Stormy Leather Storms the Stage
The bisexual bombshell, bears all about her sexuality and naughty moves.
When she dances, Stormy Leather—the Naked Girl of Burlesque—is like a firestorm that, as much as you try to, you just can’t tame, and in the end you don’t really want to—if you’re smart.
The first time I saw Stormy Leather perform, at a burlesque show at the Stonewall Inn, it was like being in the eye of that firestorm—and I loved it. Stormy spun a spell, using old-school moves, combined with naughtier neo-burlesque, that Ishtar, the Babylonian goddess of love and war, would envy.
Her set was burned into my mind, so I was delighted when I caught up with her before she headed out to Vegas, to perform at a new nightclub at the Palazzo. It also sent me on a Stormy Leather burlesque junket, taking me to some of the naughtiest and most naked burlesque shows in the city. She was dubbed the Naked Girl of Burlesque by her friend and sometimes partner in burlesque crime, Melody Sweets, whom Stormy credits with helping her break out of her shell—although it’s hard to believe she was ever in one.
My interview with her revealed a beautiful, creative, sexy, super-smart woman who loves women, and we spent much of our time discussing the women in her life. They often include the women of burlesque, who love and support one another in life as well as in art. I had to ask about her sexuality. “I’m bi now, gay later,” she says, smiling. Coming to terms with her bisexuality was not easy when she was growing up Southern Baptist in Oklahoma and Texas, where being bisexual or lesbian was either a joke or downright dangerous.
In high school, Stormy was confused by her feelings for women, secretly checking out the girls in the locker room while still being attracted to her boyfriend. It wasn’t until years later, when a friend came out to her as bisexual, that Stormy had a name for what she felt, and someone to talk to—and experiment with.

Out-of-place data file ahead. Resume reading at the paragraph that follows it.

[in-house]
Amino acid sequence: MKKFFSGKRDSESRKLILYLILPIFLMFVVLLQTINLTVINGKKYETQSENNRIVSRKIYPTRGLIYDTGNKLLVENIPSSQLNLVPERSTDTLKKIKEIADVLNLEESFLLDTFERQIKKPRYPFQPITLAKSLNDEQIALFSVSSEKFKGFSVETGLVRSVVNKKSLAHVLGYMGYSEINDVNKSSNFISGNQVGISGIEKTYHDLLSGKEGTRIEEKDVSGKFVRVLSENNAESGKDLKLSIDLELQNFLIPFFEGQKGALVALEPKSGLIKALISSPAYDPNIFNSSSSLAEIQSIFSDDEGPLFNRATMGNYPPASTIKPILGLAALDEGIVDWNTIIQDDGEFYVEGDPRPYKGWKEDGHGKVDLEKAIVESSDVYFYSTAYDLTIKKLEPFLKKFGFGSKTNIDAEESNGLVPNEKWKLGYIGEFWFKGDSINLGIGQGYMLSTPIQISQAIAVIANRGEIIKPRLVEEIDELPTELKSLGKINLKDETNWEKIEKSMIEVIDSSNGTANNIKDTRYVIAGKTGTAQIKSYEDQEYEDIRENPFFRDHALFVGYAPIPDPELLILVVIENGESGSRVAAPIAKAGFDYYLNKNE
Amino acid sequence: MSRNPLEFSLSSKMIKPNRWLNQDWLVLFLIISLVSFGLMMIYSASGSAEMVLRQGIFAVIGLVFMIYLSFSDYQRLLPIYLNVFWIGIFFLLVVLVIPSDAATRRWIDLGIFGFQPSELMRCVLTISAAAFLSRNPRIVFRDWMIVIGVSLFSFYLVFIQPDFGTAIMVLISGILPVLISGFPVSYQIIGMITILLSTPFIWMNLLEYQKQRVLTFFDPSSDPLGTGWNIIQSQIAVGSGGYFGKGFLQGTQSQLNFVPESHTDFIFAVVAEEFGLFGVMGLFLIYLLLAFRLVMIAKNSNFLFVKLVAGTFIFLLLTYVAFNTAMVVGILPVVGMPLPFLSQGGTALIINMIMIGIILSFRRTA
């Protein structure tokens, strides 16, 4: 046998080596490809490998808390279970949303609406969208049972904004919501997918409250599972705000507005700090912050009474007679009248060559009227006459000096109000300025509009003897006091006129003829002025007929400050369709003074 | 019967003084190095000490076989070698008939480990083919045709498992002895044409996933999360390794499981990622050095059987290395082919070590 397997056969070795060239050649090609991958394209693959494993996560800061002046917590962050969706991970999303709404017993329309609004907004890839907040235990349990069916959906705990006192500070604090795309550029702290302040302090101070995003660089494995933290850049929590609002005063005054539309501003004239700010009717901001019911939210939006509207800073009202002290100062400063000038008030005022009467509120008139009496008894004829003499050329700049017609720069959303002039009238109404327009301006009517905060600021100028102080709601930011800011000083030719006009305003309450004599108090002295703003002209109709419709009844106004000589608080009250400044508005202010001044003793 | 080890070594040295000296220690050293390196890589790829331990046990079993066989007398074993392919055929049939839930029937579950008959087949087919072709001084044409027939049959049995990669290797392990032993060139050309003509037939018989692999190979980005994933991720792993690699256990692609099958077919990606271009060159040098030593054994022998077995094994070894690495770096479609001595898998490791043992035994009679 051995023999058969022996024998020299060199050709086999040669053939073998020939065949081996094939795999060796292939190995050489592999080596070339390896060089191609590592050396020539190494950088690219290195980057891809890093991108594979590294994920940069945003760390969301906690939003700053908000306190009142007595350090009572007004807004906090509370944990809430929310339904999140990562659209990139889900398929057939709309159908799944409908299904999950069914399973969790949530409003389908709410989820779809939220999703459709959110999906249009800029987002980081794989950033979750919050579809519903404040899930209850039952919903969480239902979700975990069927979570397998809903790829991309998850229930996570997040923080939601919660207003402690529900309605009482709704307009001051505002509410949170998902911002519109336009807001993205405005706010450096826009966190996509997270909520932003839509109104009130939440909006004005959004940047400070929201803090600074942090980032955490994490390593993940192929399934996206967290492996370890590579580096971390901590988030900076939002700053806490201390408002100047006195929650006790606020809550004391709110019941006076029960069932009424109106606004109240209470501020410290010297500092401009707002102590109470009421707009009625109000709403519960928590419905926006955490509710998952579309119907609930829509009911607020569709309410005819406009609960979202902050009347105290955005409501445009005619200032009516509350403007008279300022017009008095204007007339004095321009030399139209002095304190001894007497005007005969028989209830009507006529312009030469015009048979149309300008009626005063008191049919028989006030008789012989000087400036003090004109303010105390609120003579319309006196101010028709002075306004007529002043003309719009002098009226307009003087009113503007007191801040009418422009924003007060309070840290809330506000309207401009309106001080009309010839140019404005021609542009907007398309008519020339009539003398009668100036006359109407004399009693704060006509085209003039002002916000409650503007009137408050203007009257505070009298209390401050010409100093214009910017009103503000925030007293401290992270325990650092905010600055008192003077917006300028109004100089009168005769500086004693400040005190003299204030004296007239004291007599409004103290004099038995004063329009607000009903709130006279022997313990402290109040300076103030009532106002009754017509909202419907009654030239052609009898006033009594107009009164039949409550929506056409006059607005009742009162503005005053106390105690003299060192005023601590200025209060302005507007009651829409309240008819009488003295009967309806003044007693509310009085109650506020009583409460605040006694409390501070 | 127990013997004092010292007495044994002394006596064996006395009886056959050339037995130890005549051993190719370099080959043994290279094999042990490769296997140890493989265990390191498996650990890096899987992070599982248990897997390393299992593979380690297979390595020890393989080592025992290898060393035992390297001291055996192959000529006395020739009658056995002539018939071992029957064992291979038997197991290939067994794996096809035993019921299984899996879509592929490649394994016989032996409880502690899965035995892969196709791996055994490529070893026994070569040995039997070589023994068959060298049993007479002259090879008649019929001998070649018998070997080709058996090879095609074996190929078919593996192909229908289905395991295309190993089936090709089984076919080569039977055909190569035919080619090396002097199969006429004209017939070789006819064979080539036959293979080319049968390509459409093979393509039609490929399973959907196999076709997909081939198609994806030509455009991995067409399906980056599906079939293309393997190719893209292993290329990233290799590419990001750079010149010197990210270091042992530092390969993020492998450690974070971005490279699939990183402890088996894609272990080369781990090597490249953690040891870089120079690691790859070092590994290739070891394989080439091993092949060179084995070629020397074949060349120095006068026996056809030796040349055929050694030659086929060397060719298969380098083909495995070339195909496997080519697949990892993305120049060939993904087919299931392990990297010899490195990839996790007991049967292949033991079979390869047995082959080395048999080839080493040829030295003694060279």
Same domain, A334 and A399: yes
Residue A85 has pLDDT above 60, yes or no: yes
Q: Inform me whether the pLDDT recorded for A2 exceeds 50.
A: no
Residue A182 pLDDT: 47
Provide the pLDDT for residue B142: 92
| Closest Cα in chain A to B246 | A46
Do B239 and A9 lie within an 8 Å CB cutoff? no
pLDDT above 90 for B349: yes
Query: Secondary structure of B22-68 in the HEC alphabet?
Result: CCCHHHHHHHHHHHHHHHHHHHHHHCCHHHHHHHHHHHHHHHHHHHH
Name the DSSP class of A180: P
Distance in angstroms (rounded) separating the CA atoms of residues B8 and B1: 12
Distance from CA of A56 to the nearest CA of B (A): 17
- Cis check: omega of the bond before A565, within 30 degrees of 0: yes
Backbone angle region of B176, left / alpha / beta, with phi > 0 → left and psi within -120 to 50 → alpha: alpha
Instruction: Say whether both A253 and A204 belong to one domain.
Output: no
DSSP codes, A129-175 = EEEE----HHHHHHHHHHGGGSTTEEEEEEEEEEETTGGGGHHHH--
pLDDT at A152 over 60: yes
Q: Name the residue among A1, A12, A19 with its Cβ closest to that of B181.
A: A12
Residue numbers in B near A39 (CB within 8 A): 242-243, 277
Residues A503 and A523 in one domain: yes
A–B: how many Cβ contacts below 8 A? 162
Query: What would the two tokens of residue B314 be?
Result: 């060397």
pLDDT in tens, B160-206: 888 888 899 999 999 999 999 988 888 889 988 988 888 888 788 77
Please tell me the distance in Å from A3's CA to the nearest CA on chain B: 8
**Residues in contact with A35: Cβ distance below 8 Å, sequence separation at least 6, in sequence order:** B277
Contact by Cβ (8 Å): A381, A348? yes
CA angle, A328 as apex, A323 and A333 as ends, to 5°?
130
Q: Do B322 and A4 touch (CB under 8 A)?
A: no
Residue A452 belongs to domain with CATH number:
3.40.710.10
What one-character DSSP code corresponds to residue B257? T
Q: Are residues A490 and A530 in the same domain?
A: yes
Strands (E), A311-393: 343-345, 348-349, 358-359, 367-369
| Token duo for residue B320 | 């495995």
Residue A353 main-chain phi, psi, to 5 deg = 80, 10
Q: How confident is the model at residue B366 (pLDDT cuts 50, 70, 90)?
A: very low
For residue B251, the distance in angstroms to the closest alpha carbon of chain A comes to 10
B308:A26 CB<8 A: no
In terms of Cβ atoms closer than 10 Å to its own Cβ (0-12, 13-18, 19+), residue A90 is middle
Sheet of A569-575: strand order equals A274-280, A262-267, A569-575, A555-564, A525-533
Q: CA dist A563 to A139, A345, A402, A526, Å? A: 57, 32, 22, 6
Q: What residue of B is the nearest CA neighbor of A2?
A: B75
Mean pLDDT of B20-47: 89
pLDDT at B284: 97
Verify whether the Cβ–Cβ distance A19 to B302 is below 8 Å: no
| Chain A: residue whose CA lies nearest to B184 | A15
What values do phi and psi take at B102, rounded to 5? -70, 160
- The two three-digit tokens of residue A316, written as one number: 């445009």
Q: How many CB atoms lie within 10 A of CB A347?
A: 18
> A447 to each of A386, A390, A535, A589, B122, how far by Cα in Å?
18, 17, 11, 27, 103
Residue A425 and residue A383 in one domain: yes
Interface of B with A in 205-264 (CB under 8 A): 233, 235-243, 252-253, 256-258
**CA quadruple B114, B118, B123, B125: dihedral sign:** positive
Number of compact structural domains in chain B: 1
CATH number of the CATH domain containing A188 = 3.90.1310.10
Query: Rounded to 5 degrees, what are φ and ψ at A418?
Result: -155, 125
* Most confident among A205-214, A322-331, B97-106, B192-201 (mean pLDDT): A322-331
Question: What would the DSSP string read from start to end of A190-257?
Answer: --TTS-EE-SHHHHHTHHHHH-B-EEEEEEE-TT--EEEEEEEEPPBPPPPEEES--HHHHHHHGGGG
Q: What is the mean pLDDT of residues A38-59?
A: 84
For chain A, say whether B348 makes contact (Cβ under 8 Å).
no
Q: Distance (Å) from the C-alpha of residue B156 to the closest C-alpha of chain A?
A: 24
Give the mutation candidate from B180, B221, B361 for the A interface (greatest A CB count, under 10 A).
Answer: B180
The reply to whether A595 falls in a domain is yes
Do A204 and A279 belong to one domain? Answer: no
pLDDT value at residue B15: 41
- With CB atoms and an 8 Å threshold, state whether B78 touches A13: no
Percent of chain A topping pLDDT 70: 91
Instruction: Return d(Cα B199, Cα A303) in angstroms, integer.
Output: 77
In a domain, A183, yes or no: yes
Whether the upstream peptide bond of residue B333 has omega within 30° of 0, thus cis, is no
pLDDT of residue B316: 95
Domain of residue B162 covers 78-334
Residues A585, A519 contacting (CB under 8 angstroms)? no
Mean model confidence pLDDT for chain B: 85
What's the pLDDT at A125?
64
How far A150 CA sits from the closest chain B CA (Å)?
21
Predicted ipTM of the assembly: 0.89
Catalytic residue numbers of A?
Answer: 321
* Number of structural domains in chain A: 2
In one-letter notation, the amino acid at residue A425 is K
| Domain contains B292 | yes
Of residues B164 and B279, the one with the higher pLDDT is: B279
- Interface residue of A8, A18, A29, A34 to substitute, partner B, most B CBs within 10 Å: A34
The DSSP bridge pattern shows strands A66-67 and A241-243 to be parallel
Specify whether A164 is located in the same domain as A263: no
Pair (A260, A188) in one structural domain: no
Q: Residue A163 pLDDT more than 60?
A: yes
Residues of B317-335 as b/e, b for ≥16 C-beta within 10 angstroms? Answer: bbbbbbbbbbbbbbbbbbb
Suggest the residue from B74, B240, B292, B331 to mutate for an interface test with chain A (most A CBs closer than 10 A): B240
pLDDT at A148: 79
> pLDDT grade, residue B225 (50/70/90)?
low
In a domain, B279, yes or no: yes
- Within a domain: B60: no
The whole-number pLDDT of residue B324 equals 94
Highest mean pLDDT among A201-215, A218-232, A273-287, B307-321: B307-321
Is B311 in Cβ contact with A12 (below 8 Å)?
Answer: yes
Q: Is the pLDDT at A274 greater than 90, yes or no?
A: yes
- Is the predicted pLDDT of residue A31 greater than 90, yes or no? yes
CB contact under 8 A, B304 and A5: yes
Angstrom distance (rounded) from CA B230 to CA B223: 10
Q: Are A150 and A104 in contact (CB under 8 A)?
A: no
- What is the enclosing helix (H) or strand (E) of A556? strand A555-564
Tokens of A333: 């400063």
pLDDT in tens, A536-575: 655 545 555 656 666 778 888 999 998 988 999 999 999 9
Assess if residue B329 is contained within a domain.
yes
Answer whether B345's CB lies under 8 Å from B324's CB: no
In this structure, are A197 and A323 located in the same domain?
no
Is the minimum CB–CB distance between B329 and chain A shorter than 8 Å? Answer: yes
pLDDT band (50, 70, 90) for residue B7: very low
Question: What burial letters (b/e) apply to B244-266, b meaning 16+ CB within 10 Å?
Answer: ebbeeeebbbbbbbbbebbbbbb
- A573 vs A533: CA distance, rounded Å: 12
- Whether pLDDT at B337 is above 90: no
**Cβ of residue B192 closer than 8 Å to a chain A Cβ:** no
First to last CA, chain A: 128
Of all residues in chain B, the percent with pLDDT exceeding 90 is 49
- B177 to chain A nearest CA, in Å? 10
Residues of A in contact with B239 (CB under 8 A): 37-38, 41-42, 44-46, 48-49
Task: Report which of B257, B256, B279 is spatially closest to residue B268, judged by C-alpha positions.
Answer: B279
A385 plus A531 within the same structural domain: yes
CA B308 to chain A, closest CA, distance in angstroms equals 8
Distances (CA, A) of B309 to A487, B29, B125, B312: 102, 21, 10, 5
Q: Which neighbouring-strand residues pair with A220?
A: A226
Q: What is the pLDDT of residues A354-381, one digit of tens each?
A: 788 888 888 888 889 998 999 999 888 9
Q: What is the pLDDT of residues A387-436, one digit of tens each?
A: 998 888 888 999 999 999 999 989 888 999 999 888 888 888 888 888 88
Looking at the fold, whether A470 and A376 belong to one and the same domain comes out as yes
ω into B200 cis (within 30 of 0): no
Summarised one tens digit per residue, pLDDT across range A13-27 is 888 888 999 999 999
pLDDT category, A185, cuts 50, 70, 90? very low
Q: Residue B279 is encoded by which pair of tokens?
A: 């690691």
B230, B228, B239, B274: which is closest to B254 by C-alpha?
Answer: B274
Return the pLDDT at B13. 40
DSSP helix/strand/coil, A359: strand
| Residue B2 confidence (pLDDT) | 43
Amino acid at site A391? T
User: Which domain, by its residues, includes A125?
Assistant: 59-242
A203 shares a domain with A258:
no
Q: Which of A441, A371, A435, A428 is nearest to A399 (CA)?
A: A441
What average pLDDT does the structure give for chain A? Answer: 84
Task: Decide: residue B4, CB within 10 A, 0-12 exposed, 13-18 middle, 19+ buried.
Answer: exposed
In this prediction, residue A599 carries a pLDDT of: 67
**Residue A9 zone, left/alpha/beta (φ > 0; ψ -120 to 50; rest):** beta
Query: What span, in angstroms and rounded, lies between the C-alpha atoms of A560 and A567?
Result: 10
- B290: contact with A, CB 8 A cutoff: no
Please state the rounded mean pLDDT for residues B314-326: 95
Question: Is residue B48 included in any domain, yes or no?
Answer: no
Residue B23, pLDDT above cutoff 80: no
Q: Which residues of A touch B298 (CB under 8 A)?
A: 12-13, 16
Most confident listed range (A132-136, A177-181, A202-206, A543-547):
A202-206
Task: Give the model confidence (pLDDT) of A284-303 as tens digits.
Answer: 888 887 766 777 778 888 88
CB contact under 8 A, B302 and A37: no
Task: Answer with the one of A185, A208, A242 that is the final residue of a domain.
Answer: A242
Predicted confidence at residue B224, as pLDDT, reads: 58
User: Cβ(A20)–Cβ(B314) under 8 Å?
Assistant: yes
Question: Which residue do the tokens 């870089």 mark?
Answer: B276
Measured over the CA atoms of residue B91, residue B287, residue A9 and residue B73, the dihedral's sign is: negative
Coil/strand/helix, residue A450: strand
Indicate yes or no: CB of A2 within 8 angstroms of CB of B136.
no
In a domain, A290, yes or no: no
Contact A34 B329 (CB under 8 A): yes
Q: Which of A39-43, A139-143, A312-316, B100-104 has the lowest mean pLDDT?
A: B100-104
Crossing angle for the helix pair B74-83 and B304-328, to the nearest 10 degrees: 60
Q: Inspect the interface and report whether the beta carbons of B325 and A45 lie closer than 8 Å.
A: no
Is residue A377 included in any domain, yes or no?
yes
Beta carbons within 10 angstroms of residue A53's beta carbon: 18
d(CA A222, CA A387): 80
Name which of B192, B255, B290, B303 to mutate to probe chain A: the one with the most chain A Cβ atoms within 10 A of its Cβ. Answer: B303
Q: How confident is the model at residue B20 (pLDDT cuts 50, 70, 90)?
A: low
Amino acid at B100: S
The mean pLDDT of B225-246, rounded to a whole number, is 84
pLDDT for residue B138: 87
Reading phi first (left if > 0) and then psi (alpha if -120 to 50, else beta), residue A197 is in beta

Until her late twenties, she thought she might be going through a phase, but while she was living in Chicago she was finally able to embrace her sexuality. Stormy took a little heat from friends who thought she should pick one gender or the other to sleep with. Others wanted to know whether she liked men or women better. Her answer? “I love who I love,” she says.
For Stormy, love and sex have lots of starting points—and none of them have to do with gender. It’s about a connection, whether it begins with a conversation, a feeling, a touch, a smell, or a look. Stormy has been in a long-term relationship with a woman, and although it didn’t last, “It didn’t end because she didn’t have a penis,” she says.
Stormy Leather’s acts are certainly fun and sexy, using fan dancing, tassels, pasties, and feather boas, along with drag, bondage, fetishes, and other erotic extras to rile up the crowd. Yet her numbers make you think—and do a little work to see what she’s getting at. This is one of the reasons why Stormy Leather is so special.
“Daddy’s Home” is a performance piece that she prepares for by going into a “psychologically dark space.” This Method burlesque, in full “daddy drag,” is about a very broken person who pulled out a gun, rolled on a condom, and pointed it at her vagina. For Stormy Leather, this piece is profoundly personal. “It’s a number that shows my frustration with that distinct difference between the way men and women are treated,” she says.
For burlesque with substance, Stormy Leather is a must-see. (stormyleathernyc.com)